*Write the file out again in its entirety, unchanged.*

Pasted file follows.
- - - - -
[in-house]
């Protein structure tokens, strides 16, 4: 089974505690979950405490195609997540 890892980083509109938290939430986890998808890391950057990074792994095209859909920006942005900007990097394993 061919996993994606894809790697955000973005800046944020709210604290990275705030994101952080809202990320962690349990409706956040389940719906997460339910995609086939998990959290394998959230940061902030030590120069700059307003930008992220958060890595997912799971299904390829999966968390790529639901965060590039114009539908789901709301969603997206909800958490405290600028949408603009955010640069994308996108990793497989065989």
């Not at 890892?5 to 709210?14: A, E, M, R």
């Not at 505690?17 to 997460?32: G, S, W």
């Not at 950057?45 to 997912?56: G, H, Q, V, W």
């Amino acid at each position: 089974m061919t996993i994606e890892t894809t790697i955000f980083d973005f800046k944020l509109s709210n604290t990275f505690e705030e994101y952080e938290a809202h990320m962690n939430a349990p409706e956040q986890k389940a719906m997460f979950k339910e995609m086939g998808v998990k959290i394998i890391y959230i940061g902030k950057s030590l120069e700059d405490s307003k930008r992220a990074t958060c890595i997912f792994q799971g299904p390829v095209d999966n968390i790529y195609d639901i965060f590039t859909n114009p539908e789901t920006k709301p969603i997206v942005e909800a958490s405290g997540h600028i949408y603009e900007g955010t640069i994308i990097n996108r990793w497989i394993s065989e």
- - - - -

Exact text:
[in-house]
């Protein structure tokens, strides 16, 4: 089974505690979950405490195609997540 890892980083509109938290939430986890998808890391950057990074792994095209859909920006942005900007990097394993 061919996993994606894809790697955000973005800046944020709210604290990275705030994101952080809202990320962690349990409706956040389940719906997460339910995609086939998990959290394998959230940061902030030590120069700059307003930008992220958060890595997912799971299904390829999966968390790529639901965060590039114009539908789901709301969603997206909800958490405290600028949408603009955010640069994308996108990793497989065989």
């Not at 890892?5 to 709210?14: A, E, M, R």
């Not at 505690?17 to 997460?32: G, S, W």
């Not at 950057?45 to 997912?56: G, H, Q, V, W």
């Amino acid at each position: 089974m061919t996993i994606e890892t894809t790697i955000f980083d973005f800046k944020l509109s709210n604290t990275f505690e705030e994101y952080e938290a809202h990320m962690n939430a349990p409706e956040q986890k389940a719906m997460f979950k339910e995609m086939g998808v998990k959290i394998i890391y959230i940061g902030k950057s030590l120069e700059d405490s307003k930008r992220a990074t958060c890595i997912f792994q799971g299904p390829v095209d999966n968390i790529y195609d639901i965060f590039t859909n114009p539908e789901t920006k709301p969603i997206v942005e909800a958490s405290g997540h600028i949408y603009e900007g955010t640069i994308i990097n996108r990793w497989i394993s065989e």